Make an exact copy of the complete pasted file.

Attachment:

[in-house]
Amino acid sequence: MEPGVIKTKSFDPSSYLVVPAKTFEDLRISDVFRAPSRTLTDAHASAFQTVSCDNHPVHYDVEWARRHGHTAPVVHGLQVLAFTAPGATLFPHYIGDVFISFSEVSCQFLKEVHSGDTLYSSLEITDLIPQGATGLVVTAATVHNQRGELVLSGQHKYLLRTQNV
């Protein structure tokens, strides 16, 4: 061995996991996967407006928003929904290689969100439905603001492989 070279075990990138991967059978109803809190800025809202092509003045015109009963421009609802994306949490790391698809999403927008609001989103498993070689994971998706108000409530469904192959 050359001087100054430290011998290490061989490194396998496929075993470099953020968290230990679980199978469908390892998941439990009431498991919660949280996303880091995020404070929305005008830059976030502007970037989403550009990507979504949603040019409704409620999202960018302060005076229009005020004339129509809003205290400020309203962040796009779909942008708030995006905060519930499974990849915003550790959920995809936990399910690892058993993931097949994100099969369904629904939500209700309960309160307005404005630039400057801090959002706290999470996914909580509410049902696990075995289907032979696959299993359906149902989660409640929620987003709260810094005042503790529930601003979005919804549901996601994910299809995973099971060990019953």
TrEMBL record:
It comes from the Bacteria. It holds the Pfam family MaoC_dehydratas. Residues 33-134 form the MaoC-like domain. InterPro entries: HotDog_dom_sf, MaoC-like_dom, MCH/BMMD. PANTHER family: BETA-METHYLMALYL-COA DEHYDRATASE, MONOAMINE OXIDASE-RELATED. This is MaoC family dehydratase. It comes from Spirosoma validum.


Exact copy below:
[in-house]
Amino acid sequence: MEPGVIKTKSFDPSSYLVVPAKTFEDLRISDVFRAPSRTLTDAHASAFQTVSCDNHPVHYDVEWARRHGHTAPVVHGLQVLAFTAPGATLFPHYIGDVFISFSEVSCQFLKEVHSGDTLYSSLEITDLIPQGATGLVVTAATVHNQRGELVLSGQHKYLLRTQNV
């Protein structure tokens, strides 16, 4: 061995996991996967407006928003929904290689969100439905603001492989 070279075990990138991967059978109803809190800025809202092509003045015109009963421009609802994306949490790391698809999403927008609001989103498993070689994971998706108000409530469904192959 050359001087100054430290011998290490061989490194396998496929075993470099953020968290230990679980199978469908390892998941439990009431498991919660949280996303880091995020404070929305005008830059976030502007970037989403550009990507979504949603040019409704409620999202960018302060005076229009005020004339129509809003205290400020309203962040796009779909942008708030995006905060519930499974990849915003550790959920995809936990399910690892058993993931097949994100099969369904629904939500209700309960309160307005404005630039400057801090959002706290999470996914909580509410049902696990075995289907032979696959299993359906149902989660409640929620987003709260810094005042503790529930601003979005919804549901996601994910299809995973099971060990019953």
TrEMBL record:
It comes from the Bacteria. It holds the Pfam family MaoC_dehydratas. Residues 33-134 form the MaoC-like domain. InterPro entries: HotDog_dom_sf, MaoC-like_dom, MCH/BMMD. PANTHER family: BETA-METHYLMALYL-COA DEHYDRATASE, MONOAMINE OXIDASE-RELATED. This is MaoC family dehydratase. It comes from Spirosoma validum.